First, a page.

While Ehrlich acknowledged that the market being targeted with brilacidin is seemingly crowded, his "confidence is high" that Cellceutix's compound will gain a foothold, and is optimistic that it could actually become the drug of choice in treating ABSSSI should it gain FDA approval. Why? "Because brilacidin is a one-dose therapy and a completely new class of drug," Ehrlich explained. "Being a single-dose therapy already narrows the competition to only a couple peers [The Medicines Company's (MDCO:NASDAQ) Orbactiv and Allergan Inc.'s (AGN:NYSE) Dalvance]. Moreover, brilacidin has a much shorter half-life and can make the claim that it is the first new class of antibiotic to enter a late-stage trial in more than two decades, something no competitor can say."
Recently approved drugs and others in development, Ehrlich explained, are simply reformulations of existing antibiotics, and thus face the problem of bacterial resistance, which is a major issue globally."Bacteria doesn't just start out resistant to an effective drug that it has never seen before and that's what brilacidin brings to the table," the Cellceutix chief executive said. "When you consider these factors, the space certainly doesn’t look as congested."
Brilacidin has been designated a qualified infectious disease product (QIDP) under the GAIN (Generating Antibiotic Incentives Now) Act, signed into law by President Obama in 2012.
Finally, the company announced on March 17 that the last patient visit was concluded in its Phase 2 trial of the oral drug Prurisol for plaque psoriasis. Dosing in the 115-patient trial was completed earlier in the month. Top-line data from the trial is expected in May.
Ehrlich noted that for many, Prurisol, an ester of abacavir, has been the dark horse for Cellceutix, but excitement seems to be brewing as the data release approaches. This is likely due to investors seeing the value in a new psoriasis drug after AbbVie Inc. (ABBV:NYSE) agreed to pay $595 million upfront to Germany’s Boehringer Ingelheim for the experimental psoriasis drug BI655066 earlier this month.
"Cellceutix can make the claim that brilacidin is the first new class of antibiotic to enter a late-stage trial in more than two decades."
Nearly all biotechs developing a psoriasis drug target the moderate-to-severe patient class, but not Cellceutix in its Phase 2 study. Ehrlich explained that the company's confidence in Prurisol led to the decision to evaluate the drug under some of the most difficult situations, and that meant a short-duration study evaluating only one particular lesion in patients being treated with an oral drug (Prurisol). "It doesn't get much more difficult than that," Ehrlich said. "But, by going with a short study, we saved money, challenged our drug, and will have plenty of data for a late-stage trial."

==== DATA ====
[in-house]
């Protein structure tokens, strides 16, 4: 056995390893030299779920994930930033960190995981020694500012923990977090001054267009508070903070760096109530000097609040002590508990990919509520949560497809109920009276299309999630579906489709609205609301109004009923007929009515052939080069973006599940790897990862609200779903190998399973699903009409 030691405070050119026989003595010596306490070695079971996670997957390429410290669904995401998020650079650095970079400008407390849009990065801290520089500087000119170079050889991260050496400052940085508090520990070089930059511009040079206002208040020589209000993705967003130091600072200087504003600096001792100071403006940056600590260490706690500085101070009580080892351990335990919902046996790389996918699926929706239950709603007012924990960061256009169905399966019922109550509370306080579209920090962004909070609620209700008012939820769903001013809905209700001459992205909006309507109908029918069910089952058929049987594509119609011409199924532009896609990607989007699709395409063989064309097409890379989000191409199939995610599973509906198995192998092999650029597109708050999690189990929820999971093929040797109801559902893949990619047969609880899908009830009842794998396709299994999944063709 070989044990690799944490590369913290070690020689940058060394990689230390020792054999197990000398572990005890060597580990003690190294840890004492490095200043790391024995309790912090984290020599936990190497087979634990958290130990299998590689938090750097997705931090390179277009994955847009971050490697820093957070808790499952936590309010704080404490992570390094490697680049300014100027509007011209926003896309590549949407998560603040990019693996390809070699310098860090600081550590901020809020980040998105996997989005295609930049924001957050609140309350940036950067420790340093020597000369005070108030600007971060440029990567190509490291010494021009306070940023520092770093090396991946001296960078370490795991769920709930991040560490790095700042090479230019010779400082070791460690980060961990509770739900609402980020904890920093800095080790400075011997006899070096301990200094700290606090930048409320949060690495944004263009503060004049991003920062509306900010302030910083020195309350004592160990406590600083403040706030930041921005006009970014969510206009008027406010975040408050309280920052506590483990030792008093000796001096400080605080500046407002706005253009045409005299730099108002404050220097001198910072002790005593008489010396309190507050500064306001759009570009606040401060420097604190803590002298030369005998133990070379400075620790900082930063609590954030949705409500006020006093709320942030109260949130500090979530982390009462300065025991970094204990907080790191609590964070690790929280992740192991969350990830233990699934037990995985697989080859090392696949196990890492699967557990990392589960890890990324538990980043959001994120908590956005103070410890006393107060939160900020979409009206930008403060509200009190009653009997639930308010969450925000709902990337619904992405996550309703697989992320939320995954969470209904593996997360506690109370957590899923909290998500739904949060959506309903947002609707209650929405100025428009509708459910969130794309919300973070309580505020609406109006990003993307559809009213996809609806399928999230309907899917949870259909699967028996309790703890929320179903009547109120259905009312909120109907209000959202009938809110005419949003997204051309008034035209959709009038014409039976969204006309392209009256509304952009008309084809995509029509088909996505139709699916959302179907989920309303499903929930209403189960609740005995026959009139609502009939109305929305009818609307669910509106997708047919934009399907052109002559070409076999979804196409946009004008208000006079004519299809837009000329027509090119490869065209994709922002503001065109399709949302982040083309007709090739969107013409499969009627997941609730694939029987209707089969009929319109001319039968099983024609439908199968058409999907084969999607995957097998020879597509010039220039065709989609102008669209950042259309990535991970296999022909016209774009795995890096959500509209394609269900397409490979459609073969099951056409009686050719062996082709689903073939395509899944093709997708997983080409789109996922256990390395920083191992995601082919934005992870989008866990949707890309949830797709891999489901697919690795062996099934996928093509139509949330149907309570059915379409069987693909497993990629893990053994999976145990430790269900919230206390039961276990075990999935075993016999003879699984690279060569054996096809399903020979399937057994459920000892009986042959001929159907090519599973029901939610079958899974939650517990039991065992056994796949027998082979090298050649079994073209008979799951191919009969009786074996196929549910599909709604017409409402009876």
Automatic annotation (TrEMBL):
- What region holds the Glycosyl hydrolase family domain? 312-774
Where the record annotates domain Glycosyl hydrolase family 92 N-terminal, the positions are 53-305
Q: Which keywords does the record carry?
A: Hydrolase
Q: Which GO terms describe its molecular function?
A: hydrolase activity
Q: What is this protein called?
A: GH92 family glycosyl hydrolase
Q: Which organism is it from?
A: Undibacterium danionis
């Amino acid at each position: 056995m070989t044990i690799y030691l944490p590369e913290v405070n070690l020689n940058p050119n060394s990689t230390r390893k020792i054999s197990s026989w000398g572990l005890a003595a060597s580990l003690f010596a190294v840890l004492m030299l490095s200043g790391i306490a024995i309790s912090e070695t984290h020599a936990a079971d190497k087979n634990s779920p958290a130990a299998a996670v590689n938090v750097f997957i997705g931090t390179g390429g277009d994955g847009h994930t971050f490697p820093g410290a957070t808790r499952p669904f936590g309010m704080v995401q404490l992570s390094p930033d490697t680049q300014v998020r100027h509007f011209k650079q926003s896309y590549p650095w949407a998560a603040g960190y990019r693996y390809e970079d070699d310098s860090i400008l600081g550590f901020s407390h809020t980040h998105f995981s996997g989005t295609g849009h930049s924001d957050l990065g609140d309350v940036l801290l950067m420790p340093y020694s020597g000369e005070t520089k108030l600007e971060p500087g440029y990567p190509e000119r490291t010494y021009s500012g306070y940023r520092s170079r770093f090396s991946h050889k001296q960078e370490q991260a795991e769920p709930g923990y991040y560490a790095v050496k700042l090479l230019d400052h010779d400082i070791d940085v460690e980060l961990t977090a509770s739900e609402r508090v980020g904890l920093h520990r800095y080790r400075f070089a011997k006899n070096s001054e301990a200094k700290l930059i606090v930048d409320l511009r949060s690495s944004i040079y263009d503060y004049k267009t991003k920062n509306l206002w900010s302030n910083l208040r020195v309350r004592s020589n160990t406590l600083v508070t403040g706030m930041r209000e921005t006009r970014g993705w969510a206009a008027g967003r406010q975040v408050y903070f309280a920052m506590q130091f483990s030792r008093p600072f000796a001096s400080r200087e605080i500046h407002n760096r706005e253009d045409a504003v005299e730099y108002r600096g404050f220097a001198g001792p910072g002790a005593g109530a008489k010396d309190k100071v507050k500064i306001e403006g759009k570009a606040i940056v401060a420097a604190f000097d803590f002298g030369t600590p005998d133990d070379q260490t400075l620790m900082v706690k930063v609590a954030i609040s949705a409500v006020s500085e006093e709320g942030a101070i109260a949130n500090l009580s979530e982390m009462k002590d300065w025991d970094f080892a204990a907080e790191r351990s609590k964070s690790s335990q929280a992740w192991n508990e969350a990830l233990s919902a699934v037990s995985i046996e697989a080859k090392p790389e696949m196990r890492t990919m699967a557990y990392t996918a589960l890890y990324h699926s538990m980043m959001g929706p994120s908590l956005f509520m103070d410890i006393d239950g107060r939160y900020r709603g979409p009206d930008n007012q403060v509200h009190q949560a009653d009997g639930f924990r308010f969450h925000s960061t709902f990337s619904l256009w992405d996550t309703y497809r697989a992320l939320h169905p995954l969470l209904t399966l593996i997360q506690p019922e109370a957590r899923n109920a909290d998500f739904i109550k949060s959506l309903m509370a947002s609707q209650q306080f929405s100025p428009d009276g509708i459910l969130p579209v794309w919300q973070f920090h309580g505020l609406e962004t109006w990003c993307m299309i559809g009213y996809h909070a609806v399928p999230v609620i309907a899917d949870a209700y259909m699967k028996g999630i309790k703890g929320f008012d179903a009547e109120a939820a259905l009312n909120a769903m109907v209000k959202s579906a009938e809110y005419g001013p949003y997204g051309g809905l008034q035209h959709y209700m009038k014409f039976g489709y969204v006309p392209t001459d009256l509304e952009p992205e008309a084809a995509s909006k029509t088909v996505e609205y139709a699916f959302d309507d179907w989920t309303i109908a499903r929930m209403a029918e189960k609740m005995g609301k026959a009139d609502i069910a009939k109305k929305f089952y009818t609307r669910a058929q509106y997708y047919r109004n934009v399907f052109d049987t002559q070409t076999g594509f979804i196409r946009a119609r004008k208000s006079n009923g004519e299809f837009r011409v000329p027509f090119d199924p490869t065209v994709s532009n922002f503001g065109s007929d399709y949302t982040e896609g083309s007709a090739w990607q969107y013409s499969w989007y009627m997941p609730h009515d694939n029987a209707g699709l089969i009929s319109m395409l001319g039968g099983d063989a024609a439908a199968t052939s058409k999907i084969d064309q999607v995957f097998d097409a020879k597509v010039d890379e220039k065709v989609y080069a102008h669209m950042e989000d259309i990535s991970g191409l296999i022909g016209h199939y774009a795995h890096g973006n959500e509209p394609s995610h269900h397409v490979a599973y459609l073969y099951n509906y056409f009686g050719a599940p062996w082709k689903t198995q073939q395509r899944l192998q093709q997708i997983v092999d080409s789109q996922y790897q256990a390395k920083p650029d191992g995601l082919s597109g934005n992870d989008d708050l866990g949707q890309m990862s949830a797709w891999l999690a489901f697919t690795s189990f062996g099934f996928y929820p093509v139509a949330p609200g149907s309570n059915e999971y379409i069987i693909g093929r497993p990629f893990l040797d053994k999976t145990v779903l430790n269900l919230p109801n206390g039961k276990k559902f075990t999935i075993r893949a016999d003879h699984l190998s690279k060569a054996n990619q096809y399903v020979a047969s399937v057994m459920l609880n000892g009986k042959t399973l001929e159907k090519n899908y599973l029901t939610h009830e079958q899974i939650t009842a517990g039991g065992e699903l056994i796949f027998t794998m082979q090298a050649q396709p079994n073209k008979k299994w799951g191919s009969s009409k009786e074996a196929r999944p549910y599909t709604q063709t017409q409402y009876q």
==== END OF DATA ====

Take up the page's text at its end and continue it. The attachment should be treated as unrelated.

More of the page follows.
Ehrlich further explained that by taking this approach, Cellceutix is assessing Prurisol's potential for two "huge markets," mild-to-moderate psoriasis and moderate-to-severe psoriasis. "It's a little more savvy approach than one might think at first blush," and one Ehrlich thinks the market may be overlooking.
As all three compounds progress through clinical trials, Ehrlich anticipates a number of "catalytic moments" in Cellceutix's near future. "We have many shots on goal," the CEO said, "and huge opportunities to address unmet medical needs."
Leo Ehrlich is a cofounder of Cellceutix and has served as CEO since November 2010. Ehrlich has more than 25 years of executive leadership experience in building and managing emerging growth companies. Ehrlich is a certified public accountant and received his BBA from Bernard Baruch College of the City University of New York.
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1) Tracy Salcedo compiled this article for Streetwise Reports LLC, publisher of The Gold Report, The Energy Report and The Life Sciences Report, and provides services to Streetwise Reports as an employee. She owns, or her family owns, shares of the company mentioned in this interview: None.
2) Cellceutix Corp. is a sponsor of Streetwise Reports.
3) Leo Ehrlich had final approval of the content and is wholly responsible for the validity of the statements. Opinions expressed are the opinions of Leo Ehrlich and not of Streetwise Reports or its officers.